Grain futures were mixed on Wednesday with corn rising, while wheat and soybeans fell. The oilseed slipped for a third day after forecasts for favorable weather conditions in the U.S. and Brazil boosted crops.
On the Chicago Board of Trade, soybeans for delivery in November fell by 0.27% to $12.8488 per bushel at 11:26 GMT. The contract held in range between days high and low of $12.8813 and $12.8163 per bushel respectively. The oilseed fell by 0.5% on Tuesday and extended its weekly decline to nearly 0.9% after it lost 1.8% in the preceding week.
Soybeans fell for a third day amid forecasts for favorable weather in the U.S. and Brazil, the worlds two biggest producers of the grain. DTN reported on October 8 that a drier trend in the Midwest will continue through this week, improving conditions for the delayed harvest. The warmer weather will also help drying the crops. Rains may be seen only in a few areas but an increase in rainfall is possible in the next six to ten days.
Meanwhile, farmers in Brazil began planting soybeans in the central parts of the country after recent rainfall provided soil moisture for germination. The South American country is the second biggest producer of the oilseed after the U.S., and third largest exporter. Thirty-two percent of the nations coming oilseed crop was already sold, compared to 45% a year ago, forecaster Safras & Mercado said.
Luke Mathews, a commodity strategist at Commonwealth Bank of Australia, wrote in a note: “Forecasts for favorable harvest weather in the U.S. and beneficial planting rains in South America weighed on CBOT soybean prices.”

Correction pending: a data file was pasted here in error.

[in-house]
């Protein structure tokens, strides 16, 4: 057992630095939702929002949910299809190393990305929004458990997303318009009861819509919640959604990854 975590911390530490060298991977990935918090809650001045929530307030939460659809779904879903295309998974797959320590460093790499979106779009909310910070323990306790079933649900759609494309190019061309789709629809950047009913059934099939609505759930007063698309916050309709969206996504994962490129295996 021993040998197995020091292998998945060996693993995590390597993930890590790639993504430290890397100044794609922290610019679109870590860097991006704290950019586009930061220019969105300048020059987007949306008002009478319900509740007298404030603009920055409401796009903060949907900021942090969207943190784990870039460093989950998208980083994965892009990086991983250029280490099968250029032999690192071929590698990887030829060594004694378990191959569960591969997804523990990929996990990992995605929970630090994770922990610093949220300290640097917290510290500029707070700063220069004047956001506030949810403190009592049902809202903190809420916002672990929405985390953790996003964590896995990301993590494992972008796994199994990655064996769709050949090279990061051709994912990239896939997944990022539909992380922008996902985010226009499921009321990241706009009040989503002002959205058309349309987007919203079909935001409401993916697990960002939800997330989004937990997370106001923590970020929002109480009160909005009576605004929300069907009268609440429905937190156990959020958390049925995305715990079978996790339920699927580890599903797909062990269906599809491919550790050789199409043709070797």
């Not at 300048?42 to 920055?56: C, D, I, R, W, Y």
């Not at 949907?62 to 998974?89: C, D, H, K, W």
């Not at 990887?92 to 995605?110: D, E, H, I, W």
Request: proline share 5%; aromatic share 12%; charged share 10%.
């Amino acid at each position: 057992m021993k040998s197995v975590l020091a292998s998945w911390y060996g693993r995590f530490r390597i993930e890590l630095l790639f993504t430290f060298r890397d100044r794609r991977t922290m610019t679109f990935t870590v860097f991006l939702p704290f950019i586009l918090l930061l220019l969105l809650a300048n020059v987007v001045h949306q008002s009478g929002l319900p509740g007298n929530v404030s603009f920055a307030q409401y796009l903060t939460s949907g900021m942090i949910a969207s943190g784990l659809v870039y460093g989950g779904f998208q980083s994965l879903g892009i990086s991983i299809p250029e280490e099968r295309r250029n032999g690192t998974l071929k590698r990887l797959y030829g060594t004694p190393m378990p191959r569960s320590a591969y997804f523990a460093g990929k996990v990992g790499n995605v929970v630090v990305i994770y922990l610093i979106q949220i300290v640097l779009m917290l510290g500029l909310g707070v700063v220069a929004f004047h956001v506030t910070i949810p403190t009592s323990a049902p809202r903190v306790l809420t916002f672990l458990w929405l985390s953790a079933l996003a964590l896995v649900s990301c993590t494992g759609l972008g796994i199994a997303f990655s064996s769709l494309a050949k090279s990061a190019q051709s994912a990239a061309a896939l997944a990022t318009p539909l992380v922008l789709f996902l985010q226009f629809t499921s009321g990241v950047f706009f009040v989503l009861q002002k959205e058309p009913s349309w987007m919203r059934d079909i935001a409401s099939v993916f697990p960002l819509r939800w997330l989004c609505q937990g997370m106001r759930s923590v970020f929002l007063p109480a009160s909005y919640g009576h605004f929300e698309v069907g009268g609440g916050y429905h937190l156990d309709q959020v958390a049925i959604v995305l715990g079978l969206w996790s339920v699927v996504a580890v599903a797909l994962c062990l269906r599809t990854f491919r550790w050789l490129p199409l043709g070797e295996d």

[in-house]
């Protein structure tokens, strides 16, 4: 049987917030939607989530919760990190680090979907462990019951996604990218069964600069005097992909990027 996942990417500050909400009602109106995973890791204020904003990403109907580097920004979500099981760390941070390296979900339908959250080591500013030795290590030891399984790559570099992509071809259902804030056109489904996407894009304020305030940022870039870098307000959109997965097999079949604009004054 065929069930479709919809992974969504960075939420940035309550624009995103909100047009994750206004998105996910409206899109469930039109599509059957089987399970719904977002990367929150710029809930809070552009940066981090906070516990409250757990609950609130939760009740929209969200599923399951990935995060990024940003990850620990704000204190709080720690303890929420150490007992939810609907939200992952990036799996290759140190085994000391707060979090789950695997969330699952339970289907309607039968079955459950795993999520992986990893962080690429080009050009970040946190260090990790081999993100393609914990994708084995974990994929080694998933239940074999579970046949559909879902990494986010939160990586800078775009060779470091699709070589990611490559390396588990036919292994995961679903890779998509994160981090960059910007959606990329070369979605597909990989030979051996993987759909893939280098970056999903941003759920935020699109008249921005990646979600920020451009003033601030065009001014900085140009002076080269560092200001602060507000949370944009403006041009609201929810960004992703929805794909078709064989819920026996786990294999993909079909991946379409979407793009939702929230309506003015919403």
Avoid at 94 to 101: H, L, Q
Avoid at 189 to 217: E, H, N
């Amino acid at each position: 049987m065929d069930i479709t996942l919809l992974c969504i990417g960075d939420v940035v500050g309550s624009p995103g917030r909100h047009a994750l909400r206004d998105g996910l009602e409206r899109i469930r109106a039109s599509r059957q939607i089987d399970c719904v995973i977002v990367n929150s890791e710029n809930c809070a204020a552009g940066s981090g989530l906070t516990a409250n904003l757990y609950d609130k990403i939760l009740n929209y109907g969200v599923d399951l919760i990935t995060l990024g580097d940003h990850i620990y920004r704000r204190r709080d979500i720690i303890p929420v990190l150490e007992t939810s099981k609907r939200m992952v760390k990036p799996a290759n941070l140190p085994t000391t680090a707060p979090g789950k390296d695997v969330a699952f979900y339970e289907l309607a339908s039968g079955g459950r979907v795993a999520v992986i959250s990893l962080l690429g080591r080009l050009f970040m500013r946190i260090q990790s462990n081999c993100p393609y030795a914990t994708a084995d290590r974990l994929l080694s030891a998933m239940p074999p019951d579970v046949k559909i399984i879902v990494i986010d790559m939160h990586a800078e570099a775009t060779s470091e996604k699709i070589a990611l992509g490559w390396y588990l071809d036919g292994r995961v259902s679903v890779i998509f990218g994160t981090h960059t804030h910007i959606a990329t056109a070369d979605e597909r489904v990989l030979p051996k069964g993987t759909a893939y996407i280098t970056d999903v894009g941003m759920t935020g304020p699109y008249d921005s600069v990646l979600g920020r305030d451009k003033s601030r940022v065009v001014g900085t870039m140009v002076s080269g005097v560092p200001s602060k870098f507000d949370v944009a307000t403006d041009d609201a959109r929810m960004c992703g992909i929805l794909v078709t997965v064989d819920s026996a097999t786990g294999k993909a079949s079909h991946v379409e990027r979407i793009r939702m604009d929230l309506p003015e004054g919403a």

Elsewhere on the market, corn futures for settlement in December traded at $4.4288 per bushel at 11:22 GMT, up 0.22% on the day. Prices held in range between days high and low of $4.4388 and $4.4063 a bushel respectively. The grain plunged 1.8% on Tuesday but trimmed its weekly decline to 0.1% after Wednesdays rebound.
Wheat with minor retreat
Wheat also fell on the day, extending Tuesdays decline. The December contract traded at $6.9163 per bushel at 11:22 GMT, down 0.20%. Prices held in days range between days high and low of $6.9413 and $6.9063 a bushel. The grain fell by 0.3% on Tuesday after hitting a 3 1/2-month high at $6.9938 per bushel and further trimmed its weekly advance to 0.7% on Wednesday.
The grain was well supported recently as wet weather in the Black Sea Region threatened to decrease production in Russia and Ukraine. Ukraine’s national weather center in Kiev said on September 27 that the nation’s winter-wheat planting may be 30% lower than expected following record rainfall.
Meanwhile, Russias agriculture Minister Nikolai Fedorov said yesterday that his country may plant only 13 million hectares of wheat next year, down from previously projected 16.4 million.
DTN reported on October 8 that mostly favorable weather conditions will favor planting and developing of winter wheat in the Southern plains, although more rain would benefit some areas. The agency pointed out that rainfall in the region could increase in the next six to ten days.